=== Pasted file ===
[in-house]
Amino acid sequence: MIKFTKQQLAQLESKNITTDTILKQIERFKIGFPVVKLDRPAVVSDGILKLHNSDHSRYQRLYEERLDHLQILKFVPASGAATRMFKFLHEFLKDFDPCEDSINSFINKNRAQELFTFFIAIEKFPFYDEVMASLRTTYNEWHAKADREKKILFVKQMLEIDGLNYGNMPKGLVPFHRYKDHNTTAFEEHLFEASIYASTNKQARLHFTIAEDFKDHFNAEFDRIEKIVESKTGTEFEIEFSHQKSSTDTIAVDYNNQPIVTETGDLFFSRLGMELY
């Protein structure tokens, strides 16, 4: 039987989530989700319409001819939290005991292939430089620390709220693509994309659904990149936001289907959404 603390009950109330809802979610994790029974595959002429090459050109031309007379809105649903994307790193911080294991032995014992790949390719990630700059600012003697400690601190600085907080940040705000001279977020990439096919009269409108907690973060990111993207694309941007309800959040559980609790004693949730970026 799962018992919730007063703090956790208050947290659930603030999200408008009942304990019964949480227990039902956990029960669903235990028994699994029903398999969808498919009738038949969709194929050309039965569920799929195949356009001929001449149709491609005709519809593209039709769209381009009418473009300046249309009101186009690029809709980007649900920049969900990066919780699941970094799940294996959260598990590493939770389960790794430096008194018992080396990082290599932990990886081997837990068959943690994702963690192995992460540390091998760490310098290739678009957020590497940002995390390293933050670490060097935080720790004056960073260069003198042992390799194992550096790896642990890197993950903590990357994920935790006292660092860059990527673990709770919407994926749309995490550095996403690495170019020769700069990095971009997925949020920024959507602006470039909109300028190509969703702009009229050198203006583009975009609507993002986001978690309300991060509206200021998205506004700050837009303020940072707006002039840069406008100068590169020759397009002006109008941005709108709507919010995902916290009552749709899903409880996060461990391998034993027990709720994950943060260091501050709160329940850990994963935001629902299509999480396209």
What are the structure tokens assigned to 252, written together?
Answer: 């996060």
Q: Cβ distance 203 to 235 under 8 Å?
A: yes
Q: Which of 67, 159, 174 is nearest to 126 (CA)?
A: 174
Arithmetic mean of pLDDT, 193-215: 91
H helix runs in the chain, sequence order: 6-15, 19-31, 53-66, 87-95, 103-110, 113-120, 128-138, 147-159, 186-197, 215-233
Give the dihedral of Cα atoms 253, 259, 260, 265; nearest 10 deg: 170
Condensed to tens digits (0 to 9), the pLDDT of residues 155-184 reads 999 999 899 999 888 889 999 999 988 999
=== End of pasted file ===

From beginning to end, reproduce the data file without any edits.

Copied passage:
[in-house]
Amino acid sequence: MIKFTKQQLAQLESKNITTDTILKQIERFKIGFPVVKLDRPAVVSDGILKLHNSDHSRYQRLYEERLDHLQILKFVPASGAATRMFKFLHEFLKDFDPCEDSINSFINKNRAQELFTFFIAIEKFPFYDEVMASLRTTYNEWHAKADREKKILFVKQMLEIDGLNYGNMPKGLVPFHRYKDHNTTAFEEHLFEASIYASTNKQARLHFTIAEDFKDHFNAEFDRIEKIVESKTGTEFEIEFSHQKSSTDTIAVDYNNQPIVTETGDLFFSRLGMELY
């Protein structure tokens, strides 16, 4: 039987989530989700319409001819939290005991292939430089620390709220693509994309659904990149936001289907959404 603390009950109330809802979610994790029974595959002429090459050109031309007379809105649903994307790193911080294991032995014992790949390719990630700059600012003697400690601190600085907080940040705000001279977020990439096919009269409108907690973060990111993207694309941007309800959040559980609790004693949730970026 799962018992919730007063703090956790208050947290659930603030999200408008009942304990019964949480227990039902956990029960669903235990028994699994029903398999969808498919009738038949969709194929050309039965569920799929195949356009001929001449149709491609005709519809593209039709769209381009009418473009300046249309009101186009690029809709980007649900920049969900990066919780699941970094799940294996959260598990590493939770389960790794430096008194018992080396990082290599932990990886081997837990068959943690994702963690192995992460540390091998760490310098290739678009957020590497940002995390390293933050670490060097935080720790004056960073260069003198042992390799194992550096790896642990890197993950903590990357994920935790006292660092860059990527673990709770919407994926749309995490550095996403690495170019020769700069990095971009997925949020920024959507602006470039909109300028190509969703702009009229050198203006583009975009609507993002986001978690309300991060509206200021998205506004700050837009303020940072707006002039840069406008100068590169020759397009002006109008941005709108709507919010995902916290009552749709899903409880996060461990391998034993027990709720994950943060260091501050709160329940850990994963935001629902299509999480396209």
What are the structure tokens assigned to 252, written together?
Answer: 């996060």
Q: Cβ distance 203 to 235 under 8 Å?
A: yes
Q: Which of 67, 159, 174 is nearest to 126 (CA)?
A: 174
Arithmetic mean of pLDDT, 193-215: 91
H helix runs in the chain, sequence order: 6-15, 19-31, 53-66, 87-95, 103-110, 113-120, 128-138, 147-159, 186-197, 215-233
Give the dihedral of Cα atoms 253, 259, 260, 265; nearest 10 deg: 170
Condensed to tens digits (0 to 9), the pLDDT of residues 155-184 reads 999 999 899 999 888 889 999 999 988 999